Ten years ago, children donned costumes galore and filled the neighborhood streets. Outfits ranged from ghosts and wizards, to more gender-specific getups, such as princesses and knights in shining armor. What was not seen? Sexy hamburgers.
As young adults, men find it far easier to pick a costume that is not geared toward sex than their female counterparts. Even the most innocent of cartoon characters, such as Elmo, have been sexualized, as demonstrated online by a young woman wearing little fabric and bearing little resemblance to the beloved puppet.
Venturing into the 21st century, costume manufacturers have transgressed beyond the limits of what it means to make an appropriate Halloween costume. Skin-tight dresses mimic slices of pizza and cartons of French fries — sad attempts at costumes that are actually nothing more than skimpy strips of cloth.
Variety for women’s costumes is little to none, with suggestive choices outnumbering the more comical or frightening selections. Girls and women who aspire to terrify their unsuspecting friends with bone-chilling costumes will definitely scare their companions, but with plunging necklines and dangerously short skirts as opposed to fake blood and gore.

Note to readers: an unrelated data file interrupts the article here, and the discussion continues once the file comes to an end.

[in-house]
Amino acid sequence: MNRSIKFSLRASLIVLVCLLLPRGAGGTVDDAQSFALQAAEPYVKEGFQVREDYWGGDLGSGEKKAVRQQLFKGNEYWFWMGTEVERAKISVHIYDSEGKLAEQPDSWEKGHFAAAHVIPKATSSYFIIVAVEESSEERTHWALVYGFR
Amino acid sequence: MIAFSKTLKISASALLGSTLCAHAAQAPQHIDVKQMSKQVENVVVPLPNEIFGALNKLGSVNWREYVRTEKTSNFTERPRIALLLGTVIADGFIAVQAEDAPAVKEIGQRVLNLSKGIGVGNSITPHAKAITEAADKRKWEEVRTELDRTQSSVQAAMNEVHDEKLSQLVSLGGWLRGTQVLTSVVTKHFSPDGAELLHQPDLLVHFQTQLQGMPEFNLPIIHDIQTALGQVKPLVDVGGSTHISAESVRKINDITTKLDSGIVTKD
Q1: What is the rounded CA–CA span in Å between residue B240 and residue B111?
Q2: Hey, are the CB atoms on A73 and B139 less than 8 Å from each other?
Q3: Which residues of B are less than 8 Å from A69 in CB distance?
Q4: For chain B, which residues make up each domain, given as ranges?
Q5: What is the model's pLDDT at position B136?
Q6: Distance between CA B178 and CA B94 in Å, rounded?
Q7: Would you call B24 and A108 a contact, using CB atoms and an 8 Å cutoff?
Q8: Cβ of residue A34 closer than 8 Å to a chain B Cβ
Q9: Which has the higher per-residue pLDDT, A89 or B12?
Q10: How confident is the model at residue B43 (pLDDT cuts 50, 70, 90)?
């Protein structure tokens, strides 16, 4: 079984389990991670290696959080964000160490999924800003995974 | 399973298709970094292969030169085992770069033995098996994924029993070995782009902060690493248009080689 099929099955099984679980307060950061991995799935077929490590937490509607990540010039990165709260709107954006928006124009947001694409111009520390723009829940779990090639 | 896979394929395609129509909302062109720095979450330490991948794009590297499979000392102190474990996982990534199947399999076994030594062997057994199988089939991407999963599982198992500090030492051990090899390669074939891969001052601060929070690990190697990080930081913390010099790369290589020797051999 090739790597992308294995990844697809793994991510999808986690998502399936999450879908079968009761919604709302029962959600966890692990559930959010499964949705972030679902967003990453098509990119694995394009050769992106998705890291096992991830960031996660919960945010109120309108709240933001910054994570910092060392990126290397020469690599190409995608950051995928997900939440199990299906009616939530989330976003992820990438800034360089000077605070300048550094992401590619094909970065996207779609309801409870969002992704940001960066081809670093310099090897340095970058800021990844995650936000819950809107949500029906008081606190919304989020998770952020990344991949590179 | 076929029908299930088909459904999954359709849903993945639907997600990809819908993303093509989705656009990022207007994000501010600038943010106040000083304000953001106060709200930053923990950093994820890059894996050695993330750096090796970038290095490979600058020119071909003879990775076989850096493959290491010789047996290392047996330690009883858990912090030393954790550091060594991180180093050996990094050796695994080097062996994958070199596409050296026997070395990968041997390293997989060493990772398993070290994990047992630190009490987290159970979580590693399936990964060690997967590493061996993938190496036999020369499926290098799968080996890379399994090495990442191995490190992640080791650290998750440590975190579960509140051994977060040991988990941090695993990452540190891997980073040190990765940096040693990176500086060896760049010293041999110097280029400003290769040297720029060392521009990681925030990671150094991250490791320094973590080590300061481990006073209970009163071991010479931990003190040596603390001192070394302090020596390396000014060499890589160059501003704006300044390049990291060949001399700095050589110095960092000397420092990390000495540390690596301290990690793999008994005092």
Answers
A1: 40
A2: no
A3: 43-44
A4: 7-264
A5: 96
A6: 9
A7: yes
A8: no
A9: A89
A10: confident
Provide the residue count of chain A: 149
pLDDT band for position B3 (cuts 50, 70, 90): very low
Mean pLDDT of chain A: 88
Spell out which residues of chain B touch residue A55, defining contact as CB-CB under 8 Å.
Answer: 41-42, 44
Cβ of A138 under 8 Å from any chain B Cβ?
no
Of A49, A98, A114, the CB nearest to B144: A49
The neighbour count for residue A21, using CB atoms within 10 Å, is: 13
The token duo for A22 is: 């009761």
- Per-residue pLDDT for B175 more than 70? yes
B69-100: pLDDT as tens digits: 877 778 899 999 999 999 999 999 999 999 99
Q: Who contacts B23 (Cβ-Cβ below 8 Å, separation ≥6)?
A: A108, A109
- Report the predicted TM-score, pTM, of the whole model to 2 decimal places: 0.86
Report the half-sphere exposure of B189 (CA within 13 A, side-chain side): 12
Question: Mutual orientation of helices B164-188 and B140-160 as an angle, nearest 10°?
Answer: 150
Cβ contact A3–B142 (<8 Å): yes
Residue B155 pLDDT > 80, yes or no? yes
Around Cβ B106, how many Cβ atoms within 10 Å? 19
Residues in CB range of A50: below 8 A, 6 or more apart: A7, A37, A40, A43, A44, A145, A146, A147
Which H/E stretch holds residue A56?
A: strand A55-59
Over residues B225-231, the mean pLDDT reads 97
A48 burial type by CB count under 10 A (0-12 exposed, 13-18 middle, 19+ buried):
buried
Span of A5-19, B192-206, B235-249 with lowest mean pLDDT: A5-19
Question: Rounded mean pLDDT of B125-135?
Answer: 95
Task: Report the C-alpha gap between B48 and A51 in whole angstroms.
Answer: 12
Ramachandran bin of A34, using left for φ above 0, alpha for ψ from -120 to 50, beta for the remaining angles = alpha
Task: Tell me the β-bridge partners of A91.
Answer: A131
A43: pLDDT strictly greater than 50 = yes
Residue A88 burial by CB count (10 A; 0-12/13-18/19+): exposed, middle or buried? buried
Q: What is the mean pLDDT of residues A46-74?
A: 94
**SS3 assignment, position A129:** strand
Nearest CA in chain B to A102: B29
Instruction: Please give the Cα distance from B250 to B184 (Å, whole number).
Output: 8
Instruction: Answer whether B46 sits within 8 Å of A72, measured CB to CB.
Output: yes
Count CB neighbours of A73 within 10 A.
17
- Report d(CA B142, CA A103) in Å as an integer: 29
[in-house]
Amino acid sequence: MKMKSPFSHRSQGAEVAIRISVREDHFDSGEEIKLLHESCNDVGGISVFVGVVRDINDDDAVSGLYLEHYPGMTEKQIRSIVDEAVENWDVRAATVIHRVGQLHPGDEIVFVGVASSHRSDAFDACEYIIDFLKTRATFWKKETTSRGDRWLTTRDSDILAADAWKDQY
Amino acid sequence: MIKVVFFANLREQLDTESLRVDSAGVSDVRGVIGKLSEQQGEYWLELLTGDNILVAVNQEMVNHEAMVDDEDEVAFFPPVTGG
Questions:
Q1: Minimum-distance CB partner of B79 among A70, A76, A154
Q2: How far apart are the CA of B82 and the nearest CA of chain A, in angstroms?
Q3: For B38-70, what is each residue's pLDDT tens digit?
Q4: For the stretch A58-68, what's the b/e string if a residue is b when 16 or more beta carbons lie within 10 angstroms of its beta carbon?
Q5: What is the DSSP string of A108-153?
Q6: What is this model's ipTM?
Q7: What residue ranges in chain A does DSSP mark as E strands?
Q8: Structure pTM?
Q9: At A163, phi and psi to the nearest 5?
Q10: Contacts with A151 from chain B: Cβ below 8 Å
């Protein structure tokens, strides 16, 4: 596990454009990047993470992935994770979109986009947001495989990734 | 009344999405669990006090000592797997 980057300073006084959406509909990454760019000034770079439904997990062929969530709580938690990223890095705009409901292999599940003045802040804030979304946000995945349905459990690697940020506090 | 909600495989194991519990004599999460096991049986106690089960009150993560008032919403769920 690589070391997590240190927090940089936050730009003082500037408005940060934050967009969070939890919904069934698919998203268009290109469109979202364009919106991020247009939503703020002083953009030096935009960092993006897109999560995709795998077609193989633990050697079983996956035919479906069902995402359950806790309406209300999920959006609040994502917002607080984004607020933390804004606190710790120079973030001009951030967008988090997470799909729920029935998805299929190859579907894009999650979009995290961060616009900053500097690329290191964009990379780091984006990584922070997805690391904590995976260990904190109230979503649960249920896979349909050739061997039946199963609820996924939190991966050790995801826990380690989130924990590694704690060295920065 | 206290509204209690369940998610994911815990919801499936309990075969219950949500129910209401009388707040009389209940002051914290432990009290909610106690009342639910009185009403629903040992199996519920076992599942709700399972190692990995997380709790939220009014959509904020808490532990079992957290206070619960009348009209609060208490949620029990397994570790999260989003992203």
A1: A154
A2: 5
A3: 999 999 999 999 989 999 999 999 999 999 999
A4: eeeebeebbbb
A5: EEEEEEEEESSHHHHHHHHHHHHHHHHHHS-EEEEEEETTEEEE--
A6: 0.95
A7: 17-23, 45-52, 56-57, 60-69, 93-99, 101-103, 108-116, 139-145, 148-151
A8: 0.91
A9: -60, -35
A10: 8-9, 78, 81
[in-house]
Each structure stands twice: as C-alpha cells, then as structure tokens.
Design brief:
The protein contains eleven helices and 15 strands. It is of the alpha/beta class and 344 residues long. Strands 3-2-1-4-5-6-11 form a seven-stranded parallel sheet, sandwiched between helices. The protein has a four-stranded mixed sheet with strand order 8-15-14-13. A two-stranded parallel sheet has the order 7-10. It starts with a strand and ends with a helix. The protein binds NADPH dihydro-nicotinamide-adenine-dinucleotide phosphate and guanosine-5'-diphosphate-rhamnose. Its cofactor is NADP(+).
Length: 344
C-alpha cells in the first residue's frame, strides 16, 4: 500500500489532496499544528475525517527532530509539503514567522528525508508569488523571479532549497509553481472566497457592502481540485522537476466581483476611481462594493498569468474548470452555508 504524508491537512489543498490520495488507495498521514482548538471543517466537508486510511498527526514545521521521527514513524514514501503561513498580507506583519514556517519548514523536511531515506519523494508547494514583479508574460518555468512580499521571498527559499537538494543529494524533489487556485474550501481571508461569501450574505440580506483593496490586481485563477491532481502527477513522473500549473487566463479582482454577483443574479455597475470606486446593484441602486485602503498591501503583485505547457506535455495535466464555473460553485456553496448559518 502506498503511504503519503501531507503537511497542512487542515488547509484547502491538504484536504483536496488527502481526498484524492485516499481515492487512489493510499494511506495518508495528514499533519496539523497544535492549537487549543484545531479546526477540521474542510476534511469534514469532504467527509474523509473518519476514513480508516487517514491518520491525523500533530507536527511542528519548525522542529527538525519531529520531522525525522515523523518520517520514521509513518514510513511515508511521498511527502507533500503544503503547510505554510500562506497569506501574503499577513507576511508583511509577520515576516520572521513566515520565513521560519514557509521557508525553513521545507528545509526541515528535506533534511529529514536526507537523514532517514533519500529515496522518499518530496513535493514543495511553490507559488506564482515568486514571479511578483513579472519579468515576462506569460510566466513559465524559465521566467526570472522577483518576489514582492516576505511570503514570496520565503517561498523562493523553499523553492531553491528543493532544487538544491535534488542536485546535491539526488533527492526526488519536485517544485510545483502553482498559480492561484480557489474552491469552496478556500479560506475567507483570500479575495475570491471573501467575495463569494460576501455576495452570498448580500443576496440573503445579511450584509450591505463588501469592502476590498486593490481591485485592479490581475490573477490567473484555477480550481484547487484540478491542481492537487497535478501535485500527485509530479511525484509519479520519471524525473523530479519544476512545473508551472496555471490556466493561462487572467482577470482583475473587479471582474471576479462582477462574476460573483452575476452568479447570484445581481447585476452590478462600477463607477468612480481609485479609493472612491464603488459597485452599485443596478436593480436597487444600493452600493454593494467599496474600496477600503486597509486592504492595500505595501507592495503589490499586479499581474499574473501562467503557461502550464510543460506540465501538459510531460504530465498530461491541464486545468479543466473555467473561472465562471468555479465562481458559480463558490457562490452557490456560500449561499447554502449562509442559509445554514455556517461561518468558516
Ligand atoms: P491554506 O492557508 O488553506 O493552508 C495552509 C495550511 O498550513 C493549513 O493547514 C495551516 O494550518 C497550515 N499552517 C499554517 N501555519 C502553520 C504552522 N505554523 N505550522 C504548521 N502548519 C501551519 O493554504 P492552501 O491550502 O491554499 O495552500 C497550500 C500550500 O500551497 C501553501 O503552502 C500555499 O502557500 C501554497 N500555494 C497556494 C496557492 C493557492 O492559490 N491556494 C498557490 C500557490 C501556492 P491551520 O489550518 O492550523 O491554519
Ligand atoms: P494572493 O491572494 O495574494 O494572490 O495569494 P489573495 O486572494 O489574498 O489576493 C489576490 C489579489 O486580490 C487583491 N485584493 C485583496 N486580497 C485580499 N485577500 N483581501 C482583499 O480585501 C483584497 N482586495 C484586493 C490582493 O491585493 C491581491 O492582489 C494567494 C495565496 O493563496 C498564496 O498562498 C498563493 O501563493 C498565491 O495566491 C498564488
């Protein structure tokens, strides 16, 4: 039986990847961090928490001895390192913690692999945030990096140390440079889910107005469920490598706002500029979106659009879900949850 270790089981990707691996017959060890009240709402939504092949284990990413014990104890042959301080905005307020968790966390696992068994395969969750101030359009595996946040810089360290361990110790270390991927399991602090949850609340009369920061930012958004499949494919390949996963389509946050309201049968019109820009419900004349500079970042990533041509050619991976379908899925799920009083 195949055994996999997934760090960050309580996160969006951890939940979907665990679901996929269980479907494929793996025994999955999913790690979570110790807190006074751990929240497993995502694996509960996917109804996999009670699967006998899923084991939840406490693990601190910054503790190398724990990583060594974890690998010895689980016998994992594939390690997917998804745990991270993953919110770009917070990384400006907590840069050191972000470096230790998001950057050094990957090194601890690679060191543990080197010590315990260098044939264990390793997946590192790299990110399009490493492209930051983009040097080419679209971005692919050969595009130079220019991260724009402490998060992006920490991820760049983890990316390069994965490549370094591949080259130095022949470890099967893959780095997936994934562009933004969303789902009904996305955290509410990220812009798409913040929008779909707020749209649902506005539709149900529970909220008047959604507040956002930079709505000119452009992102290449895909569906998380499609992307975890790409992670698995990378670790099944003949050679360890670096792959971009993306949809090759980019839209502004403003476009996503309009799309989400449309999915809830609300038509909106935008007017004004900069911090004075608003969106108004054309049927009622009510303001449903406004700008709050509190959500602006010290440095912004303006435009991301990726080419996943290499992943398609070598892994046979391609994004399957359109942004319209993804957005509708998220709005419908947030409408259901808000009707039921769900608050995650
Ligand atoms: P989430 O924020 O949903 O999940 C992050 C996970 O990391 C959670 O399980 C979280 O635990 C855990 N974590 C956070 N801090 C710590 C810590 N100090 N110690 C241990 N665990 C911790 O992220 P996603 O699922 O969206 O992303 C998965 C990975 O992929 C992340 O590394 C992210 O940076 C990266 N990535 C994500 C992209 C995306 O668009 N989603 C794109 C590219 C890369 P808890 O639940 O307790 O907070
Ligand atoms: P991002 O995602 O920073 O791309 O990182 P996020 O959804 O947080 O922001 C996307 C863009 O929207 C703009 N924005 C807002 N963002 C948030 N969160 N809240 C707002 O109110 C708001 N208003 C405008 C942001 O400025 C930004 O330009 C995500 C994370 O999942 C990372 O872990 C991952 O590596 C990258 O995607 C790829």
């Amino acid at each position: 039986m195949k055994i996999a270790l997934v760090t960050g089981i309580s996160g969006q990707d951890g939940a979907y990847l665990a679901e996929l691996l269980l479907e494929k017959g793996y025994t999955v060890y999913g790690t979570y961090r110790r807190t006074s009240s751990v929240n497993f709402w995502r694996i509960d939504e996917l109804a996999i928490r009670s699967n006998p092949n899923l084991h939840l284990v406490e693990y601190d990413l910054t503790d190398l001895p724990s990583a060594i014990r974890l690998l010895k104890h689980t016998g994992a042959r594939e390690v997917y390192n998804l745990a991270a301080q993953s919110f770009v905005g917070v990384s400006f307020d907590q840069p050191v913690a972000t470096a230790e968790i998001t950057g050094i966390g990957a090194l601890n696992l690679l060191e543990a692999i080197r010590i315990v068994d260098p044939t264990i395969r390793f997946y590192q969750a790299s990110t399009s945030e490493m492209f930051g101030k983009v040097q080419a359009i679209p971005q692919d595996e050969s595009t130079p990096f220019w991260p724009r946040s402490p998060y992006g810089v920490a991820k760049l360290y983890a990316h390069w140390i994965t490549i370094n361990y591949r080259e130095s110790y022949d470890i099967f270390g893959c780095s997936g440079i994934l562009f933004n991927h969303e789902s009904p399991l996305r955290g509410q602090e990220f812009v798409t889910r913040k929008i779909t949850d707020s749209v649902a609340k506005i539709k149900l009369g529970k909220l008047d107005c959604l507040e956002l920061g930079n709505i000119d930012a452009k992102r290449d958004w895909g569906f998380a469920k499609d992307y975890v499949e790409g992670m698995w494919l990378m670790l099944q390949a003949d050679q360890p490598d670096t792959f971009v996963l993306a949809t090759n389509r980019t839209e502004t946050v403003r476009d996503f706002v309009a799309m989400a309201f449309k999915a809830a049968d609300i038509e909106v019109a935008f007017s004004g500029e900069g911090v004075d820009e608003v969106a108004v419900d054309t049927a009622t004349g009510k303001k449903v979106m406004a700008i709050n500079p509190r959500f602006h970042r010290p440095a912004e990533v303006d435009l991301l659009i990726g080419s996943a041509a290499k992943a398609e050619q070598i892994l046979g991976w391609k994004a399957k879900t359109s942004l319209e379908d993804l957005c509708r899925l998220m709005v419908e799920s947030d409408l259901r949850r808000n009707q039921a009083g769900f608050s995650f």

Women who do not feel comfortable in this clothing might find it difficult to find a costume, choosing to bypass the holiday instead of purchasing an outfit that is by no means weather-friendly to the chilly autumn air.
Of course, adults are adults, and they should have the opportunity to make their own decisions, but the decision should not have to be between “sexy nurse” and “stimulating skeleton.” Choices should range from humor, such as a fluffy giant squirrel, to the standard vampire, classic and ever effective.
Costume manufacturers should trade their fabric scissors for a sewing machine, adding more cloth to costumes. Otherwise, the real Halloween nightmare will be the future generations of girls dressed in football pads and mini-skirts calling themselves “foxy fullbacks.”
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